Makes you wonder if other countries post the obvious or are they so worried about law suits that this is necessary? Easily half the people I encountered out in the parks were from overseas, I should have asked.

Speaking of signs, I forgot to put this one in an earlier post. This will give you a warm fuzzy feeling at night. This was in the campground at Mt. Rainier. The “more information” basically said to run if there was any sign of geothermic activity…very helpful.

Another shot of Brice Canyon as the sun hit the cliffs. The camera just doesn’t do it justice.

The other side. The haze you see in some of the pictures are actually from the wild fires out west. There were several big fires out here during my travels.

This guy was making his way across the road while I stood near by quietly.

He also had several does with him. Utah is mostly geological but there is still plenty of nature to see.


Red Canyon

Red Canyon

Just outside of Brice Canyon, down towards Zion is an area called Red Canyon. It is a real sleeper.

I passed this place with the intention of carrying on to Brice but I spotted a campground that looked like it had some space in it, so I turned aground to check it out.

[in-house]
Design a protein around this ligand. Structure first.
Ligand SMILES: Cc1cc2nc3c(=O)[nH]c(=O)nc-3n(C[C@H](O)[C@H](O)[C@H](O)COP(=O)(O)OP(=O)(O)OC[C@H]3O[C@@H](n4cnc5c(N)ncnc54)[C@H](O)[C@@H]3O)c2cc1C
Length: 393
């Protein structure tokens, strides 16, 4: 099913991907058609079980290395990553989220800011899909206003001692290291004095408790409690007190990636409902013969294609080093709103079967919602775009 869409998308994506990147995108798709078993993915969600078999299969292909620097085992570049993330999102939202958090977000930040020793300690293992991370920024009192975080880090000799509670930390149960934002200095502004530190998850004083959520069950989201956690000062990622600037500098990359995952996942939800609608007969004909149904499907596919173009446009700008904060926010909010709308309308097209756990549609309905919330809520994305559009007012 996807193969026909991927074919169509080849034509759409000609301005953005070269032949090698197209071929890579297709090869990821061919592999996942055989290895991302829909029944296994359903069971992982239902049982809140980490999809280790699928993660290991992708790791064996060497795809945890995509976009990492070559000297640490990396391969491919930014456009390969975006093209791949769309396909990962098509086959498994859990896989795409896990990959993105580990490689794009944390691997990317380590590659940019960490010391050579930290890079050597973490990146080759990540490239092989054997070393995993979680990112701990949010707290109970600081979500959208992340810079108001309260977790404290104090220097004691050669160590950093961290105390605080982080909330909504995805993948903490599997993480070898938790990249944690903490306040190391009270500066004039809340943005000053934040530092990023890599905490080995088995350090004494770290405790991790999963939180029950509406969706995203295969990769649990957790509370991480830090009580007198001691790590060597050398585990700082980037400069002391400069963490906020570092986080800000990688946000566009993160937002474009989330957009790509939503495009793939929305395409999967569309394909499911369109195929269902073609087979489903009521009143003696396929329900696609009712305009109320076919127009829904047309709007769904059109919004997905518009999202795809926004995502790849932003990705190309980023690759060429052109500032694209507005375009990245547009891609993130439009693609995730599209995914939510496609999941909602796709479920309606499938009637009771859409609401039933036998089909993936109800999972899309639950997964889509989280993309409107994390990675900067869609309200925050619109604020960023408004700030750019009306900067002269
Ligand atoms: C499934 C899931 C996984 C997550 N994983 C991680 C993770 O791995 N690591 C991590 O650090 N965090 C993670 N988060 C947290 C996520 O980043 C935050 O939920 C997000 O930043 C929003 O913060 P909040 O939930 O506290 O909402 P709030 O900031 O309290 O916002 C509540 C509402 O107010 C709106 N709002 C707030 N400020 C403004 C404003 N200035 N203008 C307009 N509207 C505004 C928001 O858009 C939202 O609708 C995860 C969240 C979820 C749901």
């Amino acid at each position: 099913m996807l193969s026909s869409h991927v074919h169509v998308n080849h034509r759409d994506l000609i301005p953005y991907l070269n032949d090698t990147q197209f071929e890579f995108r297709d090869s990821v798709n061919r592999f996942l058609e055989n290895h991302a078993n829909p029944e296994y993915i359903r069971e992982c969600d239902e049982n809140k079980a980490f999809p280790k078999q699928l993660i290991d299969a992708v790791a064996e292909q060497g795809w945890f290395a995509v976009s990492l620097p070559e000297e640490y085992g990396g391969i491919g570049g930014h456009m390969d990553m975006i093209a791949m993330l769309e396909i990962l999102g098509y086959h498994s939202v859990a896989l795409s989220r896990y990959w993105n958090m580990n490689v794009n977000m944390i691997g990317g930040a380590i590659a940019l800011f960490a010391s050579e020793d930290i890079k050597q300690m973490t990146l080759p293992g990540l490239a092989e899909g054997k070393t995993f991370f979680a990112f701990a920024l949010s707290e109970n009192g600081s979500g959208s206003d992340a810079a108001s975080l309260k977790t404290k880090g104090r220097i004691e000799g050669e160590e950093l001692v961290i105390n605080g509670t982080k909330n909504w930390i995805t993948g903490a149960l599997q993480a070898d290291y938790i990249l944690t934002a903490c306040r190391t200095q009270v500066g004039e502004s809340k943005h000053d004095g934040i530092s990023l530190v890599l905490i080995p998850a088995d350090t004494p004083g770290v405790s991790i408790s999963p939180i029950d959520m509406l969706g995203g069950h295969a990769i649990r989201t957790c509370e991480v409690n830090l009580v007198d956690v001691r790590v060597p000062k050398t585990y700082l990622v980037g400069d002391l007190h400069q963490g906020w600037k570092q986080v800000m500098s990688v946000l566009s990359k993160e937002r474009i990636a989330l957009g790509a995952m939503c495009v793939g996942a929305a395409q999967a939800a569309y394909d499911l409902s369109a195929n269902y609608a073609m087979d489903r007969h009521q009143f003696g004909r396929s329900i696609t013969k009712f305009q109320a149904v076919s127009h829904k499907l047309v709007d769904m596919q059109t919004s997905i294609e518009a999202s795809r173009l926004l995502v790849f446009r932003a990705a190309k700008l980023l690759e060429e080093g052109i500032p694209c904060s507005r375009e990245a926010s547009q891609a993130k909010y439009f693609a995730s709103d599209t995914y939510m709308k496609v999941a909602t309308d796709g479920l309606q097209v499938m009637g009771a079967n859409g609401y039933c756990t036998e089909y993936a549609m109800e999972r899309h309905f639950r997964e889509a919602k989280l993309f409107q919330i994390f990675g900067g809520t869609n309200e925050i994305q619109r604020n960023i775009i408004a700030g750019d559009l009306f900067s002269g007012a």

This place is awesome. Very clean, spread out and simply beautiful. I took site 23 and set up camp. Sites here are $18 a night with no hookups. It was 4 pm when I got here so I fixed a quick dinner – sausage dogs, chip and water – and went on a hike.

The trail leaves from the camp ground and is about a mile up to a ridge line.

This is at the split about 3/4 of the way to the top. There is another trail that splits off from here that takes you further into the canyon.

I wanted to go up to the ridge so I stayed on Buck Horn Trail.

Thistle along the trail.

That area up there is the destination.

These yellow wild flowers were also prevalent along the way. Life making its way in the desert.

Made it. There is a birds nest on top of the spire, I couldn’t get an angle on it but you could sure hear them when I got close. You can also see it was overcast up here, so the heat wasn’t bad at all. They say that it rains a lot up in this area but the rain doesn’t reach the ground, unfortunately the lightning does and that’s how wildfires start. The rain doesn’t have an opportunity to dampen the fire.